On March 26, 2019, all charges against Jussie Smollett were dropped even though it was clear that he staged a hate crime. In the hate crime he fabricated, he claimed that two men wearing MAGA hats yelled racist and homophobic slurs, put a noose around his neck, and poured what appeared to be bleach on him, among other things.
This story aligns well with the general claim of the left that Trump and his supporters are racist, hence why it included two men wearing MAGA hats. But the claim that America is racist goes back even before Trump won the presidency. Recall that the Black Lives Matter movement bloomed after a series of incidents involving black men being beaten and sometimes murdered as a result of police brutality. It was then widely believed that white policemen in America are racist and are disproportionately targeting black citizens. This belief was coupled with the belief that America was systemically racist. A popular perception on the political left is that this racism was empowered and amplified after Trump was elected.
Let’s start off with the basics that any sane person can agree to.
There are racist people in the world, including America.
There are racist police who have abused their power.
There are racist Trump supporters.
There are non-racist people who voted for Donald Trump for reasons that they believe to be significant enough to overlook his obnoxious character.
Now that we’ve hopefully established that not all Trump supporters are racist or condone racism, let’s assess the claim that America is a systemically racist country.
Black Lives Matter and Police Brutality
Ever since the uproar from Black Lives Matter, I haven’t seen police brutality against black people dominate the news. That, to me, is a hint that the police force as a whole is not racist. If it was a systemically racist arm of the government, the brutality would’ve gone on like in the days of Martin Luther King Jr.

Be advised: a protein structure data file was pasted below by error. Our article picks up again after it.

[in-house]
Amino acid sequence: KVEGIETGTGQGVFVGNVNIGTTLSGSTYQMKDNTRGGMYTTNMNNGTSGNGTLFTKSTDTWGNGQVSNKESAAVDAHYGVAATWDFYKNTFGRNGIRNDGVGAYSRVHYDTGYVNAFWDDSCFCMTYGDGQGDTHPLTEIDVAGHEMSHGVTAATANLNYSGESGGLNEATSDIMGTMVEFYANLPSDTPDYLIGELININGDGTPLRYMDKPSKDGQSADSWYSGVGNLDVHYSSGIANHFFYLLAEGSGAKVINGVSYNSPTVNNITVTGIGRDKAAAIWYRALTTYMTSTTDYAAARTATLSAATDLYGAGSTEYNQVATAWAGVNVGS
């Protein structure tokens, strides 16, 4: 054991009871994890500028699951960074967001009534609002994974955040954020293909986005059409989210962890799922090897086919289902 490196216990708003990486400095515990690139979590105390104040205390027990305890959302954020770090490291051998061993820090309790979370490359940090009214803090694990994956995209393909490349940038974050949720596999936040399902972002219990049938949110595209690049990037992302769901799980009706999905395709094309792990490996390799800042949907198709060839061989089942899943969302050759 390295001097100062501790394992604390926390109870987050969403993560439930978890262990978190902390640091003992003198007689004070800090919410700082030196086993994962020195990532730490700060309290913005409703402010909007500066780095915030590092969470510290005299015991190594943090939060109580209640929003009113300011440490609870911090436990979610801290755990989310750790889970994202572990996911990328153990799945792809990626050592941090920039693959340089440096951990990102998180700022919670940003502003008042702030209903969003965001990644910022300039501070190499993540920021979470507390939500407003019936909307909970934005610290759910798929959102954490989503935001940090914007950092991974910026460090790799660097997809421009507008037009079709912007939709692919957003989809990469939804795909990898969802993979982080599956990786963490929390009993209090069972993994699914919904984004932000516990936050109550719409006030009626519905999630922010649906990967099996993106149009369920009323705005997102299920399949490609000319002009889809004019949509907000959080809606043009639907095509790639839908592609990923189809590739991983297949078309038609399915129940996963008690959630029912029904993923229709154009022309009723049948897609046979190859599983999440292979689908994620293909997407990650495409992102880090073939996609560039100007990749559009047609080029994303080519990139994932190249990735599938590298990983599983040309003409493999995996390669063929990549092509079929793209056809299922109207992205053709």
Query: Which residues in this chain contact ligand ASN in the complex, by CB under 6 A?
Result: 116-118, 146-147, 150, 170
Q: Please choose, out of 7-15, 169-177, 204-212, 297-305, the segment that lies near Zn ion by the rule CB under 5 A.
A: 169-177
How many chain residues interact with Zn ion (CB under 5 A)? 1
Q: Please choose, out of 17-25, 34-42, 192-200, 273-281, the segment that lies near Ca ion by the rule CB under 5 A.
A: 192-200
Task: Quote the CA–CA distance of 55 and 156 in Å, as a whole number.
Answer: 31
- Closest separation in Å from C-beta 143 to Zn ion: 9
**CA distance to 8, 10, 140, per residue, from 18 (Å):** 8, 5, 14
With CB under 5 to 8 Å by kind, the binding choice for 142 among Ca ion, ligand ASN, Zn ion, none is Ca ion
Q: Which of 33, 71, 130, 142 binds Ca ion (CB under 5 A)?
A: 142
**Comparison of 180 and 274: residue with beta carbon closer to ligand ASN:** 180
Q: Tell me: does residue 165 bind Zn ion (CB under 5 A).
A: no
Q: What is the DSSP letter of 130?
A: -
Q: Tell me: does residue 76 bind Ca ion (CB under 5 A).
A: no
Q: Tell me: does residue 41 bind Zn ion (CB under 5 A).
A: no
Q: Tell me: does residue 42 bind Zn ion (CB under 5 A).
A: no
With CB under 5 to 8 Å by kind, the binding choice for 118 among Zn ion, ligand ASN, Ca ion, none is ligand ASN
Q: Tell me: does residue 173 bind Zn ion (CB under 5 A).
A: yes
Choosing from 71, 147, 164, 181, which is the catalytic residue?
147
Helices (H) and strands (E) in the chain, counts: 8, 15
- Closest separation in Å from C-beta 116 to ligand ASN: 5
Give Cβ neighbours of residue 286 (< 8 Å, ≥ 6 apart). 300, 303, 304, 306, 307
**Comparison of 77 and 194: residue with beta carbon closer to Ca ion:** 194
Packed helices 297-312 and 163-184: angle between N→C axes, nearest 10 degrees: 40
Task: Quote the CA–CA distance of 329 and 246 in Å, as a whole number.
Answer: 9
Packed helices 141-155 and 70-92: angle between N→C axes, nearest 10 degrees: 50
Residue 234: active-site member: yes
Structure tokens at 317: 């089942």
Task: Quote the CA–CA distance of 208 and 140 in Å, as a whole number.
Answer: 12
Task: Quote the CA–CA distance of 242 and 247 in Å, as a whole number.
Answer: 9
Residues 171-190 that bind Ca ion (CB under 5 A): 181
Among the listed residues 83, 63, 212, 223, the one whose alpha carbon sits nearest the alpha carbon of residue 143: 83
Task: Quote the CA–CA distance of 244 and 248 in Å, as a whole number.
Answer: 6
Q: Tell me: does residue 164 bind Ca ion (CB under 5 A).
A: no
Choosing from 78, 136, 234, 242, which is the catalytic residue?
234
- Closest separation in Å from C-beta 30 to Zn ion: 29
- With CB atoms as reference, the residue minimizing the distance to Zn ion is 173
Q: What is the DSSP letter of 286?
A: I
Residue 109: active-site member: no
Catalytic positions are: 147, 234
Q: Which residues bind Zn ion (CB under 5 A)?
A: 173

Allow me to refer to an interview hosted by Dave Rubin of The Rubin Report. Dave Rubin is gay and is liberal, and the guest is a black man by the name of Larry Elder. This background should hopefully dispel any suspicion that this is a biased interview. In the clip, Dave argues that police are more likely to shoot a black man than a white man. What follows is a dialogue about the extent to which that is true.
In their third interview, Dave admits that his mind was changed:
As for me, I observe from what I see in my own experiences in the city I live in, and I hear news from mainstream media and social media, and I just don’t see police brutality against black people as an epidemic. Here I take the police force out of the picture of systemic racism.
Systemic Racism in Government Offices
Judging by the numerous positions in high levels of government I’ve seen over the years, I believe that black citizens have just as open a path as citizens of other ethnicities.
The most striking example is Barack Obama. What kind of systemically racist country allows a black man to be elected as its president? For two terms? With the popular vote in both terms?
We’ve had extensive inclusion of black people in power in cities like Baltimore and Chicago, and I would venture to say many more cities as well as state governments.
Other individuals I can remember include Condoleezza Rice and Colin Powell. Many more black people in prominent government positions can be read about here: 25 Most Influential African Americans In Politics.
Systemic Racism in Sports